6:31 PM EDT, June 13, 2013
Six months ago, on a December day that was a bit on the warm side, a deranged young man killed his mother and then drove to Sandy Hook Elementary School in Newtown, where he killed 20 small children and six women before taking his own life.
The massacre shocked the nation. Leaders from President Obama on down vowed to take steps to prevent such a horror in the future.
How are we doing?
On the state level, pretty well. The Newtown murders consumed the first two months of the General Assembly's 2014 session, culminating in a comprehensive gun safety bill, arguably the toughest in the country. It expanded the state's ban on assault-style weapons, such as the one used in the Newtown murders; created a registry of weapons offenders; banned the sale of magazines that can hold more than 10 rounds of ammunition; and toughened penalties for gun trafficking and straw purchases.
This achievement was dampened at the end of the session with the passage of an overly broad law that blocks the release of photos or videos of homicide victims.
But compared with the federal response, the state blazed a path of glory.
Some members of Congress initially proposed strong federal gun safety regulations, but these fell by the wayside as the gun lobby turned the heat on.
Finally, in April, the Senate failed to pass a bill calling for expanded background checks on gun purchases, a measure overwhelmingly supported by the American public.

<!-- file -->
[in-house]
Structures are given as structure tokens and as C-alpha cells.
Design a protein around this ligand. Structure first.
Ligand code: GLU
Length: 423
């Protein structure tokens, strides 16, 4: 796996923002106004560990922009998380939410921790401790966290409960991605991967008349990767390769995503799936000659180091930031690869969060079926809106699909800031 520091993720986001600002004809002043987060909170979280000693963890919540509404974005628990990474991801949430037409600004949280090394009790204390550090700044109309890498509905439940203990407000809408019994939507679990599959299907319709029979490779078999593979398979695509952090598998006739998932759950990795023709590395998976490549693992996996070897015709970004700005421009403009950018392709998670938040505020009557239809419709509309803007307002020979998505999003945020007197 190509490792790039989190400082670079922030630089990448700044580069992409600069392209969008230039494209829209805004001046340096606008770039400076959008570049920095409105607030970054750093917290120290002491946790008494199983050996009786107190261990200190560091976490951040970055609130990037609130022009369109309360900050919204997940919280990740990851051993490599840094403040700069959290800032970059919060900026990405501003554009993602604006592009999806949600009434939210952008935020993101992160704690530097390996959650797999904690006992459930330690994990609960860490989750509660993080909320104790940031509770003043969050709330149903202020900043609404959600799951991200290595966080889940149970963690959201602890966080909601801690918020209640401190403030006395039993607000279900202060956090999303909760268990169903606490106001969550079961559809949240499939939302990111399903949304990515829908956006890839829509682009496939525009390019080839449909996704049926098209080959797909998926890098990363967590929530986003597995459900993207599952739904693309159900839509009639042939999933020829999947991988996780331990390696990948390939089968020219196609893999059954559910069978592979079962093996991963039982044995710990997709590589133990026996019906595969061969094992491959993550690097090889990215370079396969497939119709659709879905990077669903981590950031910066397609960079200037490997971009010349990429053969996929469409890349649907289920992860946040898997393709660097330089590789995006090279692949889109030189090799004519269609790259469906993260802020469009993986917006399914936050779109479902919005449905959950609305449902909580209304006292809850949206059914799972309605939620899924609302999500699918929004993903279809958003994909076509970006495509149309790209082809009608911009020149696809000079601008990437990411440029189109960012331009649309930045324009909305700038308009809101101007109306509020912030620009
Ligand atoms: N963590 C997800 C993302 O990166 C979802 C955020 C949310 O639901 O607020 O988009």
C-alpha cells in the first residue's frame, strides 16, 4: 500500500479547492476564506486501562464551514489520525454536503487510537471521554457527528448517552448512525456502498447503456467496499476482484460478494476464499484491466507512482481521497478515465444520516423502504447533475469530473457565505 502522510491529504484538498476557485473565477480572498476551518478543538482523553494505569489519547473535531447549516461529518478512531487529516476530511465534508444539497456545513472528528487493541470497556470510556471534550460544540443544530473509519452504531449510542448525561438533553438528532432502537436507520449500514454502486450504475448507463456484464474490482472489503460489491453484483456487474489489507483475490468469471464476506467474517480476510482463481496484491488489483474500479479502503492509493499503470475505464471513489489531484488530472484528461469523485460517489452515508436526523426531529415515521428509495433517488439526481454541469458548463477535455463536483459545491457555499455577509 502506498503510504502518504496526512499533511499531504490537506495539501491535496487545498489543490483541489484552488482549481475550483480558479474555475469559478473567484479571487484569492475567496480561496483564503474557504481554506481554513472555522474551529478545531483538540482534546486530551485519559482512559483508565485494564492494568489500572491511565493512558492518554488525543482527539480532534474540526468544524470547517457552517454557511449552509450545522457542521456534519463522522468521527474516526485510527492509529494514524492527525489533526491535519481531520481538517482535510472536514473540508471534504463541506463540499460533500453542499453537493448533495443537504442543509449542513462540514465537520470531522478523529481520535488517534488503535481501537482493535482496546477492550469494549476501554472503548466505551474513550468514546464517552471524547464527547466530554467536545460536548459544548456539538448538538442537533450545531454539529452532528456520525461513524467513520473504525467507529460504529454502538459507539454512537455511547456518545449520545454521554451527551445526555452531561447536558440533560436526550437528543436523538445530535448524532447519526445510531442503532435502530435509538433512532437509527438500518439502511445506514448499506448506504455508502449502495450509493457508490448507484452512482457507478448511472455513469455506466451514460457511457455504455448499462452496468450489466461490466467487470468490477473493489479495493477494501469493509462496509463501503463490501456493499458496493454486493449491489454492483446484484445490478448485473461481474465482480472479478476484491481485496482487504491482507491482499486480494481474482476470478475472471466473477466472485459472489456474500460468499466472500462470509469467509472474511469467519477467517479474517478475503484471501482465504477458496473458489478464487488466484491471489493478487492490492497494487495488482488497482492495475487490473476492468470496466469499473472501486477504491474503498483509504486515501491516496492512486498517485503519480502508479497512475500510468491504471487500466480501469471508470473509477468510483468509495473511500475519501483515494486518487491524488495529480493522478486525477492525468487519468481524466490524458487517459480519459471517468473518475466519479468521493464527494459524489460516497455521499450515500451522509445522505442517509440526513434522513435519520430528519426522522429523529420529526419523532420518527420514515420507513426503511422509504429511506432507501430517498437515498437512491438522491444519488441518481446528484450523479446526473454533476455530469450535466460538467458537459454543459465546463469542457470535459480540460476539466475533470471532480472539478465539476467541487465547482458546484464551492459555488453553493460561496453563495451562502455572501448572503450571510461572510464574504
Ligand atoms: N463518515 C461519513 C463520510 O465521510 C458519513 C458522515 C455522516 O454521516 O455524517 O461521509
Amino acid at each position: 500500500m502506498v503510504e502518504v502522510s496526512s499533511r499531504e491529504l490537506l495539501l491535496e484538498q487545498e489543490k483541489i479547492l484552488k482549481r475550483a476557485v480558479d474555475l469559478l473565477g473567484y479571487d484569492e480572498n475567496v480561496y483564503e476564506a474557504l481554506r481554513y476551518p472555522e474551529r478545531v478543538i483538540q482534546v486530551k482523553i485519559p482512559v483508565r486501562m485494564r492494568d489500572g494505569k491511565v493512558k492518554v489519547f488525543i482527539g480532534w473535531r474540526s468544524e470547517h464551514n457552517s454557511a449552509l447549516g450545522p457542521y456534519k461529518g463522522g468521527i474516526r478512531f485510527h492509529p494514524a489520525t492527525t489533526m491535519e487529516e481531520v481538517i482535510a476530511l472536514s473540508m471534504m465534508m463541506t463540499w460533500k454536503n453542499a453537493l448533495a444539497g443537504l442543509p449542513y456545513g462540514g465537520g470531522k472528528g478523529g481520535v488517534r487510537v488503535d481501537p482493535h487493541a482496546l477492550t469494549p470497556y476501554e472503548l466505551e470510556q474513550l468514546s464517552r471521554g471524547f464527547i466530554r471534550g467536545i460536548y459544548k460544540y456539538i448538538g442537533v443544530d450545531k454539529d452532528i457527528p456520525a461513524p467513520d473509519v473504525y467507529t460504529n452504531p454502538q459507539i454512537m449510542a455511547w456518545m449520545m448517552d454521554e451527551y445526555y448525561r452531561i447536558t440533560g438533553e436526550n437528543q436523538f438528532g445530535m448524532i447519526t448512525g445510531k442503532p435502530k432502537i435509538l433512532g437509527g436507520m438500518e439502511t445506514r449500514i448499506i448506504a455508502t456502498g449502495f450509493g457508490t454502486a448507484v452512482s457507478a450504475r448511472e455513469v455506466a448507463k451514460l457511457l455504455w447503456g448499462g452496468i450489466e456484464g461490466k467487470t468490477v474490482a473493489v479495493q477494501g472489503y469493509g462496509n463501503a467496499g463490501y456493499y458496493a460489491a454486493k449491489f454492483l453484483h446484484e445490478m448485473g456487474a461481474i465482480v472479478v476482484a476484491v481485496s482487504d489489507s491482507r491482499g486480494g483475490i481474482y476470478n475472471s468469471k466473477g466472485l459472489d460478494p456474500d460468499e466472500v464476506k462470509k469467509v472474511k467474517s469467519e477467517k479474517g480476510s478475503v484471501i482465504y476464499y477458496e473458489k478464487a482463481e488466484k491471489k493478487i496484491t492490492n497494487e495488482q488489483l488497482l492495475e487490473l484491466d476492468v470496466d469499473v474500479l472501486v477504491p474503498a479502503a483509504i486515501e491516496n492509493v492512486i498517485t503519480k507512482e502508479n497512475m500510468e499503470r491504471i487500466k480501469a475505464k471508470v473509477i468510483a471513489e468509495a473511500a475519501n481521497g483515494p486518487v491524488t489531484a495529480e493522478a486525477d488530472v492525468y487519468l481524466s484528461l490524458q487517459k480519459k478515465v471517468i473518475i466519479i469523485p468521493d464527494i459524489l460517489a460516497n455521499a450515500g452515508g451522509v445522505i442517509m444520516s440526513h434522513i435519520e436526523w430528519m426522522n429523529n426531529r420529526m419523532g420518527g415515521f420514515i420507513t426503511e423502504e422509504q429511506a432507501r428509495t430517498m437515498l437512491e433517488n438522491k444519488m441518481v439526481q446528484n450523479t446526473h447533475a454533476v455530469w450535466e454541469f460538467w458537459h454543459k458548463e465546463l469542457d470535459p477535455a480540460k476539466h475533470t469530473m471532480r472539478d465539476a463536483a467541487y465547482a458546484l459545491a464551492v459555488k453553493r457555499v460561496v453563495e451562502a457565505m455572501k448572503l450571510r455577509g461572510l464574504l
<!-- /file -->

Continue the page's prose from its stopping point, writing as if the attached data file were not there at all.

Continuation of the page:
But unlike past efforts to strengthen gun safety laws, this one has not gone away. Newtown families are in Washington again this week pushing for sensible gun safety measures. New York Mayor Michael Bloomberg and other mayors are bringing the heat on senators who voted against the background check bill.
Perhaps more important, there is a national discussion about gun safety. Many people now know that guns take the lives of more than 31,000 people a year, almost as many as die in car accidents.
The carnage continues. Last week a gunman killed five people in Santa Monica, Calif., before being killed by police. Four people were killed yesterday in St. Louis. In Prescott Valley, Ariz., last week, a 4-year-old boy found a loaded gun in the home of a family friend and accidentally killed his father with it.
What is it going to take?
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